Logarithms (Part I?)

January 3, 2017

The traditional—but certainly not the best—way to compute the value of the logarithm of some number x is to use a Taylor series, for example

\displaystyle \ln x = (x-1)-\frac{1}{2}(x-1)^2+\frac{1}{3}(x-1)^3-\frac{1}{4}(x-1)^4+\cdots

but that expansion is only valid for 0<x\leqslant{2}, or so, because it is the Taylor expansion of \ln x "around 1", and the convergence radius of this particular expression isn't very large. Furthermore, it needs a great deal of terms before converging.

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ln n!

February 23, 2016

In the course of analyzing an algorithm, I used the simplifying hypothesis that the cost function is

\displaystyle c(n)\approx\sum_{i_1}^n \lg i=\lg n!.

That expression is cumbersome but we can get a really good simplified function to use as a proxy. Let’s see how.

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Yet another Square Root Algorithm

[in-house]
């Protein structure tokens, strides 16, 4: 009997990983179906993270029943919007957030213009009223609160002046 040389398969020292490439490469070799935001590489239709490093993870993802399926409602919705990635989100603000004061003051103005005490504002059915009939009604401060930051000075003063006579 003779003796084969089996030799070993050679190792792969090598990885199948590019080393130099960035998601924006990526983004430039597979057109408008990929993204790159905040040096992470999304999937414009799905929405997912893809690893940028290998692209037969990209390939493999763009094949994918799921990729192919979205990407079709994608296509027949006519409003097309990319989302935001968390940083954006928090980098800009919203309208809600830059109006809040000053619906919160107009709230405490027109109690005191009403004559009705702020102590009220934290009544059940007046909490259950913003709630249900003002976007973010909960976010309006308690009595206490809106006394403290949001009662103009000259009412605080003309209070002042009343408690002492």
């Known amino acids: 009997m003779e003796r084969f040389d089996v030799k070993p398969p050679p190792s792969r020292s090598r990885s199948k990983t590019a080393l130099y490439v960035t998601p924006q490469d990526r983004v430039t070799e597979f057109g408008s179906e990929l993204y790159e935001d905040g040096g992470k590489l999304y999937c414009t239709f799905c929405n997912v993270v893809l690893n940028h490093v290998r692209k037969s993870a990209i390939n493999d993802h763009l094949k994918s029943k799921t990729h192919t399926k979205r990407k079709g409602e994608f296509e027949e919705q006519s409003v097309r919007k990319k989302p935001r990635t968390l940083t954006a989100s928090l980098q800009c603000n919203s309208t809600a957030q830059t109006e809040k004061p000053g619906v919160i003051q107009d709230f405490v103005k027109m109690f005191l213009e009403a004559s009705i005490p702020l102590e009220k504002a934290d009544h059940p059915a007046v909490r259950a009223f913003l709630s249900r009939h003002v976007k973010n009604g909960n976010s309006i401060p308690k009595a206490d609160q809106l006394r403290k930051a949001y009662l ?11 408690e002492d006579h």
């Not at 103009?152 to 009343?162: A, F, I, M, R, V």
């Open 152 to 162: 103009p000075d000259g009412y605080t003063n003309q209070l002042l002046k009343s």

April 29, 2014

Computing (integer) square root is usually done by using a float square root routine and casting it to an integer, possibly with rounding. What if, for some reason, we can’t use floats? What are the possibilities?

malevich-square

One possibility is to use binary search to find the square root of a number. It may be a good choice because it will only perform a number of iterations that is half of the (maximum) numbers of bits of the number (we will explain why in a moment). Another possibility is to use Newton’s method to find the square root. It does a bit better than binary search, but not exceedingly so: on very small integers, it may iterate a third as much iterations as binary search, but on large integers, it will do only a bit fewer iterations. Can we do better? Yes!

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Damn you, Napier!

January 15, 2013

Briggs‘ logarithms (often mistakenly understood to be Napier‘s logarithms) is such an useful function that most of us don’t really think about it, until we have to. Everyone’s familiar with its properties:

\displaystyle\log_b a = \frac{\log a}{\log b}

\log b^x = x \log b

\log a b = \log a + \log b (1)

\displaystyle\log \frac{a}{b} = \log a - \log b

but suddenly,

\log (a+b) = ?

What can we do with this last one?

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